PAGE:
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Can you drink LA tap water? A look at Los Angeles tap water quality
*** 3/16/2020: Coronavirus update – Coronavirus (COVID-19 virus) has NOT been detected in drinking water. The risk of COVID-19 to water supplies is low. Please refer to our Coronavirus and drinking water article as well as information from the CDC, WHO, and EPA. ***
Last year, the safety of California tap water made headlines when the Environmental Working Group published a study linking California tap water to thousands of cancer cases. Scary.
Californians – all Americans, rather – should be rightfully concerned with the quality of drinking water coming from their taps. For many years, there has been the public perception that LA tap water is unfit for drinking. Many Angelinos believed the water coming from their taps was nasty, unsafe, and to avoid drinking it at all costs.
Although LA tap water quality has improved remarkably over the past several years, residents are right to query whether or not it’s safe to drink. Since not all contaminants are reported or regulated, there’s certainly a chance Los Angeles tap water can be harmful. More contaminants can appear at any time, whether due to new exposure or new discoveries.
So is LA tap water safe to drink? Perhaps legally, yes, but it’s not nearly safe enough. LEGAL DOES NOT MEAN SAFE. I wouldn’t drink it.
I live in or am travelling to Los Angeles- can I drink the tap water?
With over 500 square miles of land and 4 million people living in Los Angeles, LA is a big place with quite a few water utility companies. Therefore, you must check your individual water utility company to determine what’s in your tap water then decide if it’s okay to drink.
Please visit the EWG’s Tap Water Database to determine if your water is in compliance. Since 2010, the EWG has been analyzing drinking water quality of 30 million state water records, nationwide.
It’s important to point out that just because water is “in compliance with federal health-based drinking water standards,” legal doesn’t always mean safe. Several experts say federal laws that regulate tap water really are out of date. For example, the Safe Drinking Water Act controls only 91 contaminants – there’s more than 60,000 chemicals used in America.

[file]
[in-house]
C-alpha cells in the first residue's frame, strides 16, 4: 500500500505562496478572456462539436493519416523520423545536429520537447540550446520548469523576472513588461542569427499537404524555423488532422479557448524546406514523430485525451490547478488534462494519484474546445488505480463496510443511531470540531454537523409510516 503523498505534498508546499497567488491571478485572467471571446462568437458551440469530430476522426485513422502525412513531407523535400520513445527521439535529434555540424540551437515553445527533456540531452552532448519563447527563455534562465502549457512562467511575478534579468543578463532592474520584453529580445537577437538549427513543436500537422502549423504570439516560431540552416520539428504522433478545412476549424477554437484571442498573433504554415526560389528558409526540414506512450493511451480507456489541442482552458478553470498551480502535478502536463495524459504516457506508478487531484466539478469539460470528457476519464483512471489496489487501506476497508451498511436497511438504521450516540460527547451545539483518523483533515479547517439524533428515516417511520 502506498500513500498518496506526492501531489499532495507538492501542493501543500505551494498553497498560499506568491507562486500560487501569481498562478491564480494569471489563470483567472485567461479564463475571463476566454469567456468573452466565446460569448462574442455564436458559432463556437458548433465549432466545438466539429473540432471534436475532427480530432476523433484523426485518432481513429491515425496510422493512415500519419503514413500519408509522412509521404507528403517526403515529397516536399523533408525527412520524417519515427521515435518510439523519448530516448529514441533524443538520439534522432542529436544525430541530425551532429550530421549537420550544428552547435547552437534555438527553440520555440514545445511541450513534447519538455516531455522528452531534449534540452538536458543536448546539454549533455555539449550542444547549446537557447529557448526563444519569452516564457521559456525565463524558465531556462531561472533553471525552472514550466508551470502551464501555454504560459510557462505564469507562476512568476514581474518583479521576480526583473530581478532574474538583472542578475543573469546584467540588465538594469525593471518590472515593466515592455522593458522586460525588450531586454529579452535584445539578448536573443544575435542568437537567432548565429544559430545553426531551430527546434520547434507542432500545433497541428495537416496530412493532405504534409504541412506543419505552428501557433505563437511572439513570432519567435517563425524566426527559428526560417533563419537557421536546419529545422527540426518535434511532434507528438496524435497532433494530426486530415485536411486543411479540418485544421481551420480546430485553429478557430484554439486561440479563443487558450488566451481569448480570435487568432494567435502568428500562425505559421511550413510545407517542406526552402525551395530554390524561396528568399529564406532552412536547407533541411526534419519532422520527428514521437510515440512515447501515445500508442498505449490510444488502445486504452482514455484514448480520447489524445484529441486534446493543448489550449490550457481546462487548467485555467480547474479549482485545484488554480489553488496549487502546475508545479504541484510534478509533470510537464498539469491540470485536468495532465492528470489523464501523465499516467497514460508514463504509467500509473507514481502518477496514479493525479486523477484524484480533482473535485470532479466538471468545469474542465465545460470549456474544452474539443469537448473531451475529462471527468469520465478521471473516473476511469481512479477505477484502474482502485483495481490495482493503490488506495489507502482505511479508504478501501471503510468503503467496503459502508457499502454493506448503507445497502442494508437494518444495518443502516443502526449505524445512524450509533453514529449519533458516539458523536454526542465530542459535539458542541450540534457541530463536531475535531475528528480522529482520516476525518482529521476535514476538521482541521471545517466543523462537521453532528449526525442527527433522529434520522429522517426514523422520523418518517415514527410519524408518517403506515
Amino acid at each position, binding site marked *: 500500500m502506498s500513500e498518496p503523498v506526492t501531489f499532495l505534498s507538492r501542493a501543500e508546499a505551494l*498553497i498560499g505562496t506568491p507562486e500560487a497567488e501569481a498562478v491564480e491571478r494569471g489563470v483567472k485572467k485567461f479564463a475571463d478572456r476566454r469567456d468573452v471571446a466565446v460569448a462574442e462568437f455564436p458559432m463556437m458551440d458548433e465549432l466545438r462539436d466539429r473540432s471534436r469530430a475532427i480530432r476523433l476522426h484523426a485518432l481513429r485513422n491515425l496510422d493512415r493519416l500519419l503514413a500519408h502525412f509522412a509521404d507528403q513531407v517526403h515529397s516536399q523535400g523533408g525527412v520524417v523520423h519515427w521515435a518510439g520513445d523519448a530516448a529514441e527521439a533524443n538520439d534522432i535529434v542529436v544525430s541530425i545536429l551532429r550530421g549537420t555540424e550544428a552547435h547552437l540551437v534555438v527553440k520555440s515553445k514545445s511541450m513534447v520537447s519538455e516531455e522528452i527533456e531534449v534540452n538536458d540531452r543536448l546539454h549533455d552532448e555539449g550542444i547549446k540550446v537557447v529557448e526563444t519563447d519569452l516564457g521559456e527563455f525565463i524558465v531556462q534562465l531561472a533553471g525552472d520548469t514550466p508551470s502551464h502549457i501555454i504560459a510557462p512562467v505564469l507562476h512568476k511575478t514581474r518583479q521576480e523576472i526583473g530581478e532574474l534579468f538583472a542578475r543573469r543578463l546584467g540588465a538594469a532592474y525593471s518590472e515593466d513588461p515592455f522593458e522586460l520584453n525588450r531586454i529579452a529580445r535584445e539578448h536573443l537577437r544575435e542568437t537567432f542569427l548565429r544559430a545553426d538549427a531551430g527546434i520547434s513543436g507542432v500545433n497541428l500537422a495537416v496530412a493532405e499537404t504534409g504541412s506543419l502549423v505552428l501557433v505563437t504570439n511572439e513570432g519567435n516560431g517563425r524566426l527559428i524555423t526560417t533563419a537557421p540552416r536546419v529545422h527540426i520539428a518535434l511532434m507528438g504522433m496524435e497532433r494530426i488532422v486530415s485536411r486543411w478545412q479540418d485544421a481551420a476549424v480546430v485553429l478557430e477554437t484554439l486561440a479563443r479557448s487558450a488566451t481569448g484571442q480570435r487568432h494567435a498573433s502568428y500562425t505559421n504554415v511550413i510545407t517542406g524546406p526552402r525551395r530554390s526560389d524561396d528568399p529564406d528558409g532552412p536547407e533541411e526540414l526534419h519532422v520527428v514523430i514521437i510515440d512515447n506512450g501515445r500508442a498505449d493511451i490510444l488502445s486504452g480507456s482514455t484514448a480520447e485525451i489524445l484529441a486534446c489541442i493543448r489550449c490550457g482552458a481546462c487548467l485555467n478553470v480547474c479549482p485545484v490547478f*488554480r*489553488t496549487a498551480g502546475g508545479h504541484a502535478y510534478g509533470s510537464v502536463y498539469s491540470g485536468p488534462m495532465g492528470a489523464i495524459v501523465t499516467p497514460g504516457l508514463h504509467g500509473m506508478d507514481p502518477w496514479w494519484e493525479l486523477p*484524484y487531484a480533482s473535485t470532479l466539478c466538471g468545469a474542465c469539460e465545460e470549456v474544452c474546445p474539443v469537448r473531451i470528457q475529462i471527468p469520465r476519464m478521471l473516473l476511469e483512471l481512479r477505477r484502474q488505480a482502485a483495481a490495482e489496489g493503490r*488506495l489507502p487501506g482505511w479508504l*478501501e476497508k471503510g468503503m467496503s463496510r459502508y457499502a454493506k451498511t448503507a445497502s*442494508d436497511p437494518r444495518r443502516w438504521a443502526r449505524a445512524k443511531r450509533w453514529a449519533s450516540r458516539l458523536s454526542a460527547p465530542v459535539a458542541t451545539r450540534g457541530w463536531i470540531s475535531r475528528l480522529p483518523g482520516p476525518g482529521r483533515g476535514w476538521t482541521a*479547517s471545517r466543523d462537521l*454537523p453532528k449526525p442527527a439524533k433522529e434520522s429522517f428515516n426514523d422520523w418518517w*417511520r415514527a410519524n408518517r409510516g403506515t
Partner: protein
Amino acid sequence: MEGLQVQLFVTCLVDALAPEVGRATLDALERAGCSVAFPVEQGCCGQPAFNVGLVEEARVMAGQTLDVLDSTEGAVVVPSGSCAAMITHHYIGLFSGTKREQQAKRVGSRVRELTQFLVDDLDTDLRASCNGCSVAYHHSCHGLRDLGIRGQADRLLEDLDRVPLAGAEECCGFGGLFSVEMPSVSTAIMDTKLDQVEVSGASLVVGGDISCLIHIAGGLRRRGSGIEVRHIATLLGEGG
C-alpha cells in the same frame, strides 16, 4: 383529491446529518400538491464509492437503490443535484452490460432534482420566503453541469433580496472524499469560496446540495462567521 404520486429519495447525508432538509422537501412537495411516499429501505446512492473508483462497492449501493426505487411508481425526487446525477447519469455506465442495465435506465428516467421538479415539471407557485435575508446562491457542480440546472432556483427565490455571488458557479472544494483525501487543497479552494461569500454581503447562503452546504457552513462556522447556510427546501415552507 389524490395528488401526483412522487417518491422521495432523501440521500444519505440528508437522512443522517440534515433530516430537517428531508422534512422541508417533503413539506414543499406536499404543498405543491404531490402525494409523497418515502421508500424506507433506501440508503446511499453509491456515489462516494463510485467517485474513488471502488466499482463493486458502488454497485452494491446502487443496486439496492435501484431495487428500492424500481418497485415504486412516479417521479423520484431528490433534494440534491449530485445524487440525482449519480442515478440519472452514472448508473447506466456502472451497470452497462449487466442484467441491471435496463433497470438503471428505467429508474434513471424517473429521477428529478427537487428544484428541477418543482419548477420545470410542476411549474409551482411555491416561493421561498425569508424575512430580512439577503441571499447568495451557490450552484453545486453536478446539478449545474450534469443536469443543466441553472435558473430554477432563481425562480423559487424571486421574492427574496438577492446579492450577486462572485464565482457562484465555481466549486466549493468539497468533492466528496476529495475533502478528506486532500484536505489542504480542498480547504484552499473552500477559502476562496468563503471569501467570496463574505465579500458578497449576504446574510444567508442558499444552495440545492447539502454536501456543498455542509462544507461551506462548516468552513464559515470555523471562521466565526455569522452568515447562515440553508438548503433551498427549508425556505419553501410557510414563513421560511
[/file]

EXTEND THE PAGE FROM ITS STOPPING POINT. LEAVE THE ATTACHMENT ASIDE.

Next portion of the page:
As EWG explains:
Legal limits are based on economic and political considerations that usually don’t reflect the lower levels that scientists have found pose health risks. Indeed, over 85 percent of the cancer risk calculated in the EWG study is due to contaminants that were below legal limits. Legal limits may also be based on outdated science: No new contaminants have been added to the list of nationally regulated drinking water pollutants in two decades. – Environmental Working Group, 2019
… So is LA tap water safe to drink?
With more than 60,000 chemicals used in the USA, a lot of them might make their way into LA drinking water entirely unregulated. They may not be on a unacceptable contaminant lists as there aren’t any standards set for them. Previous tests show elevated rates of trihalomethanes and haloacetic acids which are byproducts of the chlorine disinfection of regular water (read about chlorine in water). These byproducts have the capacity to drastically affect an individual’s health.
Radon, arsenic, chemicals oh my!…
Studies have linked such contaminants to the higher threat of miscarriage and birth defects as well as increased rates of cancer.
Radon is another risk found in some LA tap water. There have been times when LA well water testing has shown radon levels that surpass the EPA’s requirements. That is a major concern for all those that drink regular water which comes from affected wells. Radon exposure may increase an individual’s risk of developing cancer.
Many individuals are unaware that the glass of LA tap water can even contain arsenic. This poisonous material is a known carcinogen that’s found in many varieties of herbicides and pesticides. It’s a Class 1 carcinogen that’s in the same class as such carcinogens as asbestos and the hepatitis C virus. It’s been associated with lots of varieties of cancer as well as blindness and paralysis. Safe water requirements limit the quantity of arsenic that’s acceptable in water, but are these levels really safe? It is essential for consumers to realize that legal drinking water is not necessarily the same thing as healthful drinking water.
What can you do now about unsafe tap water? Simple: a water purification system!